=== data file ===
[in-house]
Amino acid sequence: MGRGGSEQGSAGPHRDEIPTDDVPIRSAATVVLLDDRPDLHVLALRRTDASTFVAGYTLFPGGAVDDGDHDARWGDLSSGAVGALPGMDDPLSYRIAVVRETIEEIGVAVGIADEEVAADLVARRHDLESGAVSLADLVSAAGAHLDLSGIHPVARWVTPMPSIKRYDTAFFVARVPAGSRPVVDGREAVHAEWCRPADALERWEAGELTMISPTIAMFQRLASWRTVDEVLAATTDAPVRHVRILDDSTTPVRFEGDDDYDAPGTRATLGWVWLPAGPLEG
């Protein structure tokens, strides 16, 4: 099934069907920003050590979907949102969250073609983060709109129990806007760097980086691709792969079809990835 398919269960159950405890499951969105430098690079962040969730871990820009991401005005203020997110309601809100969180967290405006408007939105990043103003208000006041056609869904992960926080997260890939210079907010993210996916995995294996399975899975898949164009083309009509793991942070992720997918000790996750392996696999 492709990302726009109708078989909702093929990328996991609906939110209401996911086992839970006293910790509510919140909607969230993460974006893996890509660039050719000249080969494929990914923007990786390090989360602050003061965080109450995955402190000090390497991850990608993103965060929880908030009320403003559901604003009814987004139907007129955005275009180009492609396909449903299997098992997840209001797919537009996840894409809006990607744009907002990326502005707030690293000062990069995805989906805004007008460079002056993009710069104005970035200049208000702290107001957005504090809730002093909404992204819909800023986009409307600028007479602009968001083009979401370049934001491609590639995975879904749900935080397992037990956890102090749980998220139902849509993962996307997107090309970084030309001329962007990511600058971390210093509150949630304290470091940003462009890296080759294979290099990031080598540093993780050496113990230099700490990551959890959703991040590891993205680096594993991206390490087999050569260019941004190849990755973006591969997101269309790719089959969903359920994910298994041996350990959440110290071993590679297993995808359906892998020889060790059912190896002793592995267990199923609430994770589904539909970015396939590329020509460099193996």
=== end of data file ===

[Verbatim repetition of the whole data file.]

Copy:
[in-house]
Amino acid sequence: MGRGGSEQGSAGPHRDEIPTDDVPIRSAATVVLLDDRPDLHVLALRRTDASTFVAGYTLFPGGAVDDGDHDARWGDLSSGAVGALPGMDDPLSYRIAVVRETIEEIGVAVGIADEEVAADLVARRHDLESGAVSLADLVSAAGAHLDLSGIHPVARWVTPMPSIKRYDTAFFVARVPAGSRPVVDGREAVHAEWCRPADALERWEAGELTMISPTIAMFQRLASWRTVDEVLAATTDAPVRHVRILDDSTTPVRFEGDDDYDAPGTRATLGWVWLPAGPLEG
């Protein structure tokens, strides 16, 4: 099934069907920003050590979907949102969250073609983060709109129990806007760097980086691709792969079809990835 398919269960159950405890499951969105430098690079962040969730871990820009991401005005203020997110309601809100969180967290405006408007939105990043103003208000006041056609869904992960926080997260890939210079907010993210996916995995294996399975899975898949164009083309009509793991942070992720997918000790996750392996696999 492709990302726009109708078989909702093929990328996991609906939110209401996911086992839970006293910790509510919140909607969230993460974006893996890509660039050719000249080969494929990914923007990786390090989360602050003061965080109450995955402190000090390497991850990608993103965060929880908030009320403003559901604003009814987004139907007129955005275009180009492609396909449903299997098992997840209001797919537009996840894409809006990607744009907002990326502005707030690293000062990069995805989906805004007008460079002056993009710069104005970035200049208000702290107001957005504090809730002093909404992204819909800023986009409307600028007479602009968001083009979401370049934001491609590639995975879904749900935080397992037990956890102090749980998220139902849509993962996307997107090309970084030309001329962007990511600058971390210093509150949630304290470091940003462009890296080759294979290099990031080598540093993780050496113990230099700490990551959890959703991040590891993205680096594993991206390490087999050569260019941004190849990755973006591969997101269309790719089959969903359920994910298994041996350990959440110290071993590679297993995808359906892998020889060790059912190896002793592995267990199923609430994770589904539909970015396939590329020509460099193996």